Medal of Honor Recipients
First Lieutenant Raymond L. Knight, (World War II), U.S. Army Air Corps. Northern Po Valley, Italy, on April 25, 1945. His remains were relocated to Houston National Cemetery on April 25, 1992 (Section H-B 11).
Macario Garcia, native of Mexico, during World War II enlisted in the U.S. Army on November 11, 1942. He served as staff sergeant with Company B, 22nd Infantry Regiment, 4th Infantry Division, until October 8, 1945. On November 27, 1944, near Grosshau, Germany, a wounded Garcia single-handedly destroyed two enemy machinegun emplacements. SSgt. Garcia received the Medal of Honor on August 23, 1945. Garcia worked as a counselor with the Veterans Administration for twenty-five years, until his death on December 24, 1972 (Section HA, Site 1).
Captain James H. Fields, (World War II), U.S. Army, 10th Armored Infantry, 4th Armored Division. Near Rechicourt, France, Sept. 27, 1944 (Section H-B 6).
First Sergeant David H. McNerney, (Vietnam), U.S. Army, Company A, 1st Battalion, 8th Infantry, 4th Infantry Division. Polei Doc, Republic of Vietnam, March 22, 1967 (Section H-A 4).
The most renowned veteran buried in the cemetery is the late Honorable Albert Thomas, United States Congressman from Texas. Congressman Thomas served as a Lieutenant in the U.S. Army during World War I, and served almost 30 years in the U.S. House of Representatives. He was instrumental in getting this cemetery established by Congress. "Congressman Albert," as his many friends knew him, died in Washington, D.C., on Feb. 15, 1966, and was buried in the mall area of the Houston National Cemetery, on Feb. 18, 1966.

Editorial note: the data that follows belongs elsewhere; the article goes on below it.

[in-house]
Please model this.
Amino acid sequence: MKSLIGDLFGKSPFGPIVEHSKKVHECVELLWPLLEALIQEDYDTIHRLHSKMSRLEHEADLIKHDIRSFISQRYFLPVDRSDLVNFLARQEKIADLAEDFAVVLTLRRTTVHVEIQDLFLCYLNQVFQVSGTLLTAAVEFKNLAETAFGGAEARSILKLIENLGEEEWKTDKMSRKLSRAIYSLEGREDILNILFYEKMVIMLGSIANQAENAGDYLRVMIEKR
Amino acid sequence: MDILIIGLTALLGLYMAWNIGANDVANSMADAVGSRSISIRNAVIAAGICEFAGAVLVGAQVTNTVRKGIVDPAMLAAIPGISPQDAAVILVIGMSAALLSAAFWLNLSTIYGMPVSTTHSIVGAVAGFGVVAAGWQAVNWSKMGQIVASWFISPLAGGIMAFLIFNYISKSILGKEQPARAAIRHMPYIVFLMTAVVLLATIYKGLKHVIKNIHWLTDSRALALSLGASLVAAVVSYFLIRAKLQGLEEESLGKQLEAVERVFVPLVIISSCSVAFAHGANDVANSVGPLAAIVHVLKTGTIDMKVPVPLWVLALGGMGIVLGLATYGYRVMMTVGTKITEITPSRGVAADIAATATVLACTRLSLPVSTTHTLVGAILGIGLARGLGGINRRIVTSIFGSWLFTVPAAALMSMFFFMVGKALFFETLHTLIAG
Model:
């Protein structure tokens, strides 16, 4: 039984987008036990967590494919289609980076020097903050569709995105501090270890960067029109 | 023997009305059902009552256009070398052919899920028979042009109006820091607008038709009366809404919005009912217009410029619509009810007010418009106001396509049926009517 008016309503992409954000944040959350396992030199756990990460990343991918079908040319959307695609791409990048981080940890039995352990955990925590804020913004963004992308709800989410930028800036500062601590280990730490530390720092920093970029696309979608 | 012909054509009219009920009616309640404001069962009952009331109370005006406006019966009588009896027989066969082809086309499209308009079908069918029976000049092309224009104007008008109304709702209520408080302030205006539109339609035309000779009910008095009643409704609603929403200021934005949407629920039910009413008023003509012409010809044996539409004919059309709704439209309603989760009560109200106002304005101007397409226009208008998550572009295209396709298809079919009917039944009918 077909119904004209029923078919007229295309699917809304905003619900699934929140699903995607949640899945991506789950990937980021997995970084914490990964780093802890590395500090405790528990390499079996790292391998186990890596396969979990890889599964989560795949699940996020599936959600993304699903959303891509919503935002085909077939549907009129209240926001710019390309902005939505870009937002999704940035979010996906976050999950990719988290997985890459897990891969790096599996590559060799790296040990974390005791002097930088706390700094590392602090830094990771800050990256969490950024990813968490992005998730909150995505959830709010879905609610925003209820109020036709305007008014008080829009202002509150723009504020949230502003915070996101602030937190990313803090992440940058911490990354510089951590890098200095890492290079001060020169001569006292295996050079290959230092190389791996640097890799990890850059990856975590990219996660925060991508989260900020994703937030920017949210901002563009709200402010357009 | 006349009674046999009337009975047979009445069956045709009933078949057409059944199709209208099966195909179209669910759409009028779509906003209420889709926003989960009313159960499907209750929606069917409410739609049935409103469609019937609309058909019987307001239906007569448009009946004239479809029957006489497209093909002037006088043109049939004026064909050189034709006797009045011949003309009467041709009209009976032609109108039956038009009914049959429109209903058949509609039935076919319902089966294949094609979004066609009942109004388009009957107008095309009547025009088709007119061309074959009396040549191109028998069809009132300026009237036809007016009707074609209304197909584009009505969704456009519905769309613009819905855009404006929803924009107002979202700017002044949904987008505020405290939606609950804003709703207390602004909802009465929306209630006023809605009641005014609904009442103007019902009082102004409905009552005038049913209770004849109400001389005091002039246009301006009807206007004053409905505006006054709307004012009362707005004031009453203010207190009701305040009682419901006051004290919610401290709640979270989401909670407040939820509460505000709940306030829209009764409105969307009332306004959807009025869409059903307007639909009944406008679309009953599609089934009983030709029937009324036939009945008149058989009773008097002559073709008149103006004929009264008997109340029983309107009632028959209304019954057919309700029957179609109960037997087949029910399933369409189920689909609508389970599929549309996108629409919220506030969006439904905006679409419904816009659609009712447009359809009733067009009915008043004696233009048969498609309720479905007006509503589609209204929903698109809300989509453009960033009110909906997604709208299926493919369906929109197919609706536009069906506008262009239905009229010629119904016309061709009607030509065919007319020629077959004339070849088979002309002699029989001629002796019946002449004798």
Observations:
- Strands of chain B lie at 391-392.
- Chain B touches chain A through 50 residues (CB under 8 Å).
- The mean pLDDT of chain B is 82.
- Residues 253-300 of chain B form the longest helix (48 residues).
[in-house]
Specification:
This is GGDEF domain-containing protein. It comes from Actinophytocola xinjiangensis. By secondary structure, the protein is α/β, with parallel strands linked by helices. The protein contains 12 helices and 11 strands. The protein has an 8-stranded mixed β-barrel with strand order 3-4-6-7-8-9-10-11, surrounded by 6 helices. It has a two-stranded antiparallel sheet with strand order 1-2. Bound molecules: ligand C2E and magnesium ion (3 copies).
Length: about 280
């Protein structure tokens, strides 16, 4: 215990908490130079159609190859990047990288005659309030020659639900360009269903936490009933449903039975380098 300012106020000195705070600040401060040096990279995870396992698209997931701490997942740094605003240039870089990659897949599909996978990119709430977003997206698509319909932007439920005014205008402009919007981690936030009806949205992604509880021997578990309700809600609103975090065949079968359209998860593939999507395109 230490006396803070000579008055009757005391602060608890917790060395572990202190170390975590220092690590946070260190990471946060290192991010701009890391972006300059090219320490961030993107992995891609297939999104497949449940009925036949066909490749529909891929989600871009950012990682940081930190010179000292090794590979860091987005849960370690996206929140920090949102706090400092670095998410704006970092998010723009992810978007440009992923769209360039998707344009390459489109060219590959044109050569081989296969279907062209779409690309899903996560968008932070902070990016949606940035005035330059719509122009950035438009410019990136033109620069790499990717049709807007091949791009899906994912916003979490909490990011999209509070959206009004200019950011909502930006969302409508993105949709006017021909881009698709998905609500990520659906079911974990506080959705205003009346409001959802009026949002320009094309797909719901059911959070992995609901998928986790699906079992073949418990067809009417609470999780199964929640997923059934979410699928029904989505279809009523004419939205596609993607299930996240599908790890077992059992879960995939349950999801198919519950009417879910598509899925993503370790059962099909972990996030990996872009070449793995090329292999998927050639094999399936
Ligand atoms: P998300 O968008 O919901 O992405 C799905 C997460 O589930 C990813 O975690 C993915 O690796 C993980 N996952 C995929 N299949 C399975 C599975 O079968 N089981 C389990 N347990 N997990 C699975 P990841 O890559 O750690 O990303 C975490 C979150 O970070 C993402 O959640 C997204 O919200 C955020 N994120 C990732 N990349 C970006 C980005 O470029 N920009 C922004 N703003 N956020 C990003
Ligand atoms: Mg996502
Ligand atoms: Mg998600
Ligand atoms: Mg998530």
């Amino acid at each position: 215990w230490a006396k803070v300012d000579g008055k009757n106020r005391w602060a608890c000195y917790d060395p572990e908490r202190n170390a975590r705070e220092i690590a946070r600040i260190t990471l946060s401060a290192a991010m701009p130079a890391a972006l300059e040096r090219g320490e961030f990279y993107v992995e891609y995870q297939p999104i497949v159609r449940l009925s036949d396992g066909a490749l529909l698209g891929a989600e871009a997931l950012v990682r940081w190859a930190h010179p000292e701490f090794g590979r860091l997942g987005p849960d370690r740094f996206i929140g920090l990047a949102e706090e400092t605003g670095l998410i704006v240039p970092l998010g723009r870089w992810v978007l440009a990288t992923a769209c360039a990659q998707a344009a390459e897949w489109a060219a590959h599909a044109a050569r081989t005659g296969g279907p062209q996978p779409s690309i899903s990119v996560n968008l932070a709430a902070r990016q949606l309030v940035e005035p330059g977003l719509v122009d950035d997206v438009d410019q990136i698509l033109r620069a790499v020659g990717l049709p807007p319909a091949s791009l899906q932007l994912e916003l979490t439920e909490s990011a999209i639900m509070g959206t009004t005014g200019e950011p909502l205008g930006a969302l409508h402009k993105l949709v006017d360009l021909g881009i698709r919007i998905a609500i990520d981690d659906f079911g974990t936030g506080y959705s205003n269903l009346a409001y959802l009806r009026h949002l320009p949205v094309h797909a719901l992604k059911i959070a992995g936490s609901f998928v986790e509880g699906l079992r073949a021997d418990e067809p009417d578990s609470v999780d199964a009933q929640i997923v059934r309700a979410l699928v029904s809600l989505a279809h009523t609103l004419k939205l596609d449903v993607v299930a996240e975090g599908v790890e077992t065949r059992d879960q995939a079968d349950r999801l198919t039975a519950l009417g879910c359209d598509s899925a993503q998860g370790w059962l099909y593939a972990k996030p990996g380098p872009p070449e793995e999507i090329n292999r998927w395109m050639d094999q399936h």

Hazel Juanita Shofner (1918-1966) was born in Texas and for most of her life made Houston home. She graduated from Northside High School in 1937 and joined the war effort in September 1943. She was the first woman from the city to enlist in the U.S. Navy reserve corps or WAVES (Women Accepted for Volunteer Emergency Service). Shofner served from 1943 to 1948 and attained the rank of chief yeoman. Her career began at Gulfport, Missisippi, in November 1943 and finished at the Naval Training Center, Great Lakes, Illinois. As a civilian, she returned to Houston and married Everett Murray Wilson, also a veteran of the U.S. Navy. They raised two children there and she worked for the police department in the data-processing bureau. Hazel Shofner Wilson died February 16 and was the first woman buried in Houston National Cemetery (Section C, Site 59).